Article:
Georgetown Maryland 28th April 1799
I feel how improper it is in so inconsiderable an individual as I am, to be intruding on your Time; much less, obtruding opinions and advice. I shall however, hazard your censure, and be guilty of the impropriety which stares me in the Face.
I feel how much the happiness of this Country depends on the confidence the people have in the Government; and I feel that Yourself must be the Rallying point of confidence. The Public sentiment is very much against your being so much away from the Seat of Governt.; from a conviction that, when you are there, the Public vessel will be properly steered; and, that these critical Times, require an experienced Pilot. The People Elected You to administer the Goverment—They did not Elect your officers—Nor do they (however much they respect them) think them equal to Govern, without your Presence and control. In a Country like ours, when the People get divided into Parties, as we have become; there will always be found Men on the Governing side, not satisfied with their proper share of Power, and whom, getting yielded to them, more than is their due; increase in their own consequence and claims, until they fancy themselves exclusively entitled to direct. Are we free from such Characters? Are there not even in the soundest States in the Union, Men (of influence & fair fame, not at all Tinctured with Jacobinism, but filled with a certain kind of ambition), who beleive, that with some other person as Chief Majistrate, they would have more power than with the Present? I hope the Influence of such men, have not reached any of the departments of Government. I speak the truth when I say, that your real friends wish you to be with Your officers, because the Public impression is, that the Government will be better Conducted.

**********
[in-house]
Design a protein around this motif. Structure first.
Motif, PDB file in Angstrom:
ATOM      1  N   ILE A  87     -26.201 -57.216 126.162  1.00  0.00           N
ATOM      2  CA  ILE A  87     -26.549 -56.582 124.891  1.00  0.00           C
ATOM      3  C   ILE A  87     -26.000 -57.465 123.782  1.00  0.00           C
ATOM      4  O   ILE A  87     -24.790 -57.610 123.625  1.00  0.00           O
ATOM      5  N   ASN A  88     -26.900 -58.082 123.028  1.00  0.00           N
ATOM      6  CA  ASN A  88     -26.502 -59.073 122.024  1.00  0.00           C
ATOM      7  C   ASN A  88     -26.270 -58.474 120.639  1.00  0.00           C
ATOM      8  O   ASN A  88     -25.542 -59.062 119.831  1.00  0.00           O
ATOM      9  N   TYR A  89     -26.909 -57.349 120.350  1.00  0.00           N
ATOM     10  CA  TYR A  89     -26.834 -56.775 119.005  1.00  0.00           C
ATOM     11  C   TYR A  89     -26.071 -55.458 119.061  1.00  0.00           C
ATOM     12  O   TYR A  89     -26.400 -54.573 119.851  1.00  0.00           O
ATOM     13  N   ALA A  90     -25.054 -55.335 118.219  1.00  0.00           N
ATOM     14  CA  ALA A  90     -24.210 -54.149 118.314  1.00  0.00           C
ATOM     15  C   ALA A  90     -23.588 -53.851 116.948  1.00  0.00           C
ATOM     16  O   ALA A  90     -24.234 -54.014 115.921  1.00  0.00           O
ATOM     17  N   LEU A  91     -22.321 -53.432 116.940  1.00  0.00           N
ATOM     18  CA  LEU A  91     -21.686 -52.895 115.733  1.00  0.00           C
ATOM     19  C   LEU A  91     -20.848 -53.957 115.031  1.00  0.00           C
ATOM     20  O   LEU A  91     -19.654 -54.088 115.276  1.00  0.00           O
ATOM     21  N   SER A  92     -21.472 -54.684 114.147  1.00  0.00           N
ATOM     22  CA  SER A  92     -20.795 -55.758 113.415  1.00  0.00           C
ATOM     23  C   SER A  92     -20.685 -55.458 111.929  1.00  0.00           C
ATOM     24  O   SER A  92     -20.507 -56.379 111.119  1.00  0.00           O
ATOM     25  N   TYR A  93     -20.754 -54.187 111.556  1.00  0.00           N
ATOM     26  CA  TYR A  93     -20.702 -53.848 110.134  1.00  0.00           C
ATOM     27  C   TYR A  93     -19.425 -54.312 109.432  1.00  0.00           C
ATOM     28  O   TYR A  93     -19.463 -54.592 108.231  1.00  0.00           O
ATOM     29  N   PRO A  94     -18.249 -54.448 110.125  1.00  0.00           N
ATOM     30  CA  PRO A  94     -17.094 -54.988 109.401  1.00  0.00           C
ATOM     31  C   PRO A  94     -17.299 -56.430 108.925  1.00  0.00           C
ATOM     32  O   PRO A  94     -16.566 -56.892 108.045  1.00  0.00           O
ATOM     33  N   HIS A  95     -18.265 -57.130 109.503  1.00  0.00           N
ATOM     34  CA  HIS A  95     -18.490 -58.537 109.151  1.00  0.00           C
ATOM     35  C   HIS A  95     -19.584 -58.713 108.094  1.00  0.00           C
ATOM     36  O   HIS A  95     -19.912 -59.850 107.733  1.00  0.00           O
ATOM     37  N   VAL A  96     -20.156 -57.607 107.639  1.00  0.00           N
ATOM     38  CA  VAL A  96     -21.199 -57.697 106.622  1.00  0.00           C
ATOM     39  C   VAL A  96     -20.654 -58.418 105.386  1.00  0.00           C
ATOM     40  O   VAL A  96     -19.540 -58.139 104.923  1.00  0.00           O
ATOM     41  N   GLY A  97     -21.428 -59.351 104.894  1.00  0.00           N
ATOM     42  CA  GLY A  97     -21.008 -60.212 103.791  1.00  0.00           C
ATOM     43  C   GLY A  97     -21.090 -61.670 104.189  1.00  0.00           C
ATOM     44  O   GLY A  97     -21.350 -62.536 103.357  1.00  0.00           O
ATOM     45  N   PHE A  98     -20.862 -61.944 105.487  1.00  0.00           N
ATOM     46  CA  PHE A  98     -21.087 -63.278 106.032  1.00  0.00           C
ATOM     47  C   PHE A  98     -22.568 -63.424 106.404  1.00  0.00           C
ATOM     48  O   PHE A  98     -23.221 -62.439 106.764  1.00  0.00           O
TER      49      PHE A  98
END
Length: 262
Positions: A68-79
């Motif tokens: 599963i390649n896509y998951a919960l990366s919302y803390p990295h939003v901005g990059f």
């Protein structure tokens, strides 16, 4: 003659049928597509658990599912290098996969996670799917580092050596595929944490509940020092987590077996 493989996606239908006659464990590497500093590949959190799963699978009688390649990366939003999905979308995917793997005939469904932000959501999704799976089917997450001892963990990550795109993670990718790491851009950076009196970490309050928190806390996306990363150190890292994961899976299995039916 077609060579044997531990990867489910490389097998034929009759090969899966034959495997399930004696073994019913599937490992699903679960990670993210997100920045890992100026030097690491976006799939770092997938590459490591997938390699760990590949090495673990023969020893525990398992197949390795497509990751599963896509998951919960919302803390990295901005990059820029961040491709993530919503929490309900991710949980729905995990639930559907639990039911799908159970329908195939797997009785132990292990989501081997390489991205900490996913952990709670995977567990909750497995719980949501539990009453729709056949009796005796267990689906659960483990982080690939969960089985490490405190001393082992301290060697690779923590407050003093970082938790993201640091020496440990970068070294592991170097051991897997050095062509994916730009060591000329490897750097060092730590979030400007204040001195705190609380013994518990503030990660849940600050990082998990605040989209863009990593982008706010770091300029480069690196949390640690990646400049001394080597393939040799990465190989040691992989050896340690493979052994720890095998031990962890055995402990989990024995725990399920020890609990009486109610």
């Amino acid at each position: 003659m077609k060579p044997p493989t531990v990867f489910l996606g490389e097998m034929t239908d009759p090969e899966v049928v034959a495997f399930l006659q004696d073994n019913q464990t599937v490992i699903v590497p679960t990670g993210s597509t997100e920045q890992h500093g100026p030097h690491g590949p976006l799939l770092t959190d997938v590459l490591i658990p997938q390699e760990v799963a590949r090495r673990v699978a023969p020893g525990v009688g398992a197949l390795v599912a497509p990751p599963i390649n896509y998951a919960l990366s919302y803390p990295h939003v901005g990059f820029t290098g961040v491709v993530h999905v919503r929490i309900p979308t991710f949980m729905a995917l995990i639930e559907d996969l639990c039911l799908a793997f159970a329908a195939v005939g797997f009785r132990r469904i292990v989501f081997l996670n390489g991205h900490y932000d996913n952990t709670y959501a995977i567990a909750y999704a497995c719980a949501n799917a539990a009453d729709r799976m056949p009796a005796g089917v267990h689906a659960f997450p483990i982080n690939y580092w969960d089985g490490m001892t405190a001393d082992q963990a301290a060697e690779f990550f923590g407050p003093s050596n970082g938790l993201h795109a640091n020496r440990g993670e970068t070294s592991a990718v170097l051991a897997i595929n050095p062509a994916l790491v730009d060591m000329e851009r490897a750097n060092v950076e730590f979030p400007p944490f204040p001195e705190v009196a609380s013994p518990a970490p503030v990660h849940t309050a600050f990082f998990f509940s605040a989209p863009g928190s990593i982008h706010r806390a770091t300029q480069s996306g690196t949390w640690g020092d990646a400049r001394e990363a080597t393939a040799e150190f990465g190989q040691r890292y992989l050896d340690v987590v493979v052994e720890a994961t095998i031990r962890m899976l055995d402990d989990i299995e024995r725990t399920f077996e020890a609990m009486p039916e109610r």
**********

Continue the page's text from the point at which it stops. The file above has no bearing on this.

I have sincerely regretted Mrs. Adams’s indisposition, and now as sincerely rejoice to learn she has recovered.—You will not think of bringing her into Philadelphia, though it would give the great Pleasure to hear you were about going to take her, to some healthy situation in the Neighbourhood of it. I wish the time had arrived for you to remove here, where I am sure Mrs. Adams would be very much benefited, by the healthyness of the situation. I hope you will pardon this liberty; I can have no motive that is personal to myself—I feel as every man ought to feel for Public Happiness—I beleive, that the seeds of more than two Parties in this Country, have been scatter’d—but I trust they will not sprout. I am sure it is in your power alone to prevent their Growth—and I must add, that you owe to the Public to Prevent it—In thus adding, I am not unmindful of the great debt which the public owe to you.
I have the honor to be with real respect and Esteem / Your most obed sert
MHi: Adams Papers.